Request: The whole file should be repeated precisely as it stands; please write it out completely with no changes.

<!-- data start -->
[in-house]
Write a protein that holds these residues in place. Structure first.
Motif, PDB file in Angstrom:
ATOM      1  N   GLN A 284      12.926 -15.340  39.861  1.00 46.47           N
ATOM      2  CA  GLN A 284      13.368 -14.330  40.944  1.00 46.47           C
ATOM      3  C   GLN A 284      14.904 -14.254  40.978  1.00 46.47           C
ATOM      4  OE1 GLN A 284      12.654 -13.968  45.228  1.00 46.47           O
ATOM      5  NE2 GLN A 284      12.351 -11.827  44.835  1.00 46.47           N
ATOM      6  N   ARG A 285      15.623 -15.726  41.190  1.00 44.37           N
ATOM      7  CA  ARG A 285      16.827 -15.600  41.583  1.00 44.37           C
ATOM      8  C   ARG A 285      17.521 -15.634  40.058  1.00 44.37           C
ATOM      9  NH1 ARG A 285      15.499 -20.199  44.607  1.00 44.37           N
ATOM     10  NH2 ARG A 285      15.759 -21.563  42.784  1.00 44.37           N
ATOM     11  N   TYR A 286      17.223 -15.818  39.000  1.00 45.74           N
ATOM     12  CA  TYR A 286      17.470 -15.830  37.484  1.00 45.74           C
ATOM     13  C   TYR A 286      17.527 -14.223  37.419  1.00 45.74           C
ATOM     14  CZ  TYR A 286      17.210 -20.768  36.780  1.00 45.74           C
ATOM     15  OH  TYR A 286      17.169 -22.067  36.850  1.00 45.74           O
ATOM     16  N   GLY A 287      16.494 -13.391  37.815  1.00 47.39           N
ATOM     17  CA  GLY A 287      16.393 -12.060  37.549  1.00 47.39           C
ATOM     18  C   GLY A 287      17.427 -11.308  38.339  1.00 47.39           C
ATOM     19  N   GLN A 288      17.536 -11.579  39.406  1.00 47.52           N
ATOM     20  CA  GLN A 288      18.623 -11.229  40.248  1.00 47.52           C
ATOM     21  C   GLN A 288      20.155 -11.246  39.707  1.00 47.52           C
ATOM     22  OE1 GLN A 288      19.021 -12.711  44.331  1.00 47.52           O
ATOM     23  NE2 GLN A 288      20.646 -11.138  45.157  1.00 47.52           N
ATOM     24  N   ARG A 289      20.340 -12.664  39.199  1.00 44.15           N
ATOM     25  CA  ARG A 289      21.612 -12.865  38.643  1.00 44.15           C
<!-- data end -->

[in-house]
Write a protein that holds these residues in place. Structure first.
Motif, PDB file in Angstrom:
ATOM      1  N   GLN A 284      12.926 -15.340  39.861  1.00 46.47           N
ATOM      2  CA  GLN A 284      13.368 -14.330  40.944  1.00 46.47           C
ATOM      3  C   GLN A 284      14.904 -14.254  40.978  1.00 46.47           C
ATOM      4  OE1 GLN A 284      12.654 -13.968  45.228  1.00 46.47           O
ATOM      5  NE2 GLN A 284      12.351 -11.827  44.835  1.00 46.47           N
ATOM      6  N   ARG A 285      15.623 -15.726  41.190  1.00 44.37           N
ATOM      7  CA  ARG A 285      16.827 -15.600  41.583  1.00 44.37           C
ATOM      8  C   ARG A 285      17.521 -15.634  40.058  1.00 44.37           C
ATOM      9  NH1 ARG A 285      15.499 -20.199  44.607  1.00 44.37           N
ATOM     10  NH2 ARG A 285      15.759 -21.563  42.784  1.00 44.37           N
ATOM     11  N   TYR A 286      17.223 -15.818  39.000  1.00 45.74           N
ATOM     12  CA  TYR A 286      17.470 -15.830  37.484  1.00 45.74           C
ATOM     13  C   TYR A 286      17.527 -14.223  37.419  1.00 45.74           C
ATOM     14  CZ  TYR A 286      17.210 -20.768  36.780  1.00 45.74           C
ATOM     15  OH  TYR A 286      17.169 -22.067  36.850  1.00 45.74           O
ATOM     16  N   GLY A 287      16.494 -13.391  37.815  1.00 47.39           N
ATOM     17  CA  GLY A 287      16.393 -12.060  37.549  1.00 47.39           C
ATOM     18  C   GLY A 287      17.427 -11.308  38.339  1.00 47.39           C
ATOM     19  N   GLN A 288      17.536 -11.579  39.406  1.00 47.52           N
ATOM     20  CA  GLN A 288      18.623 -11.229  40.248  1.00 47.52           C
ATOM     21  C   GLN A 288      20.155 -11.246  39.707  1.00 47.52           C
ATOM     22  OE1 GLN A 288      19.021 -12.711  44.331  1.00 47.52           O
ATOM     23  NE2 GLN A 288      20.646 -11.138  45.157  1.00 47.52           N
ATOM     24  N   ARG A 289      20.340 -12.664  39.199  1.00 44.15           N
ATOM     25  CA  ARG A 289      21.612 -12.865  38.643  1.00 44.15           C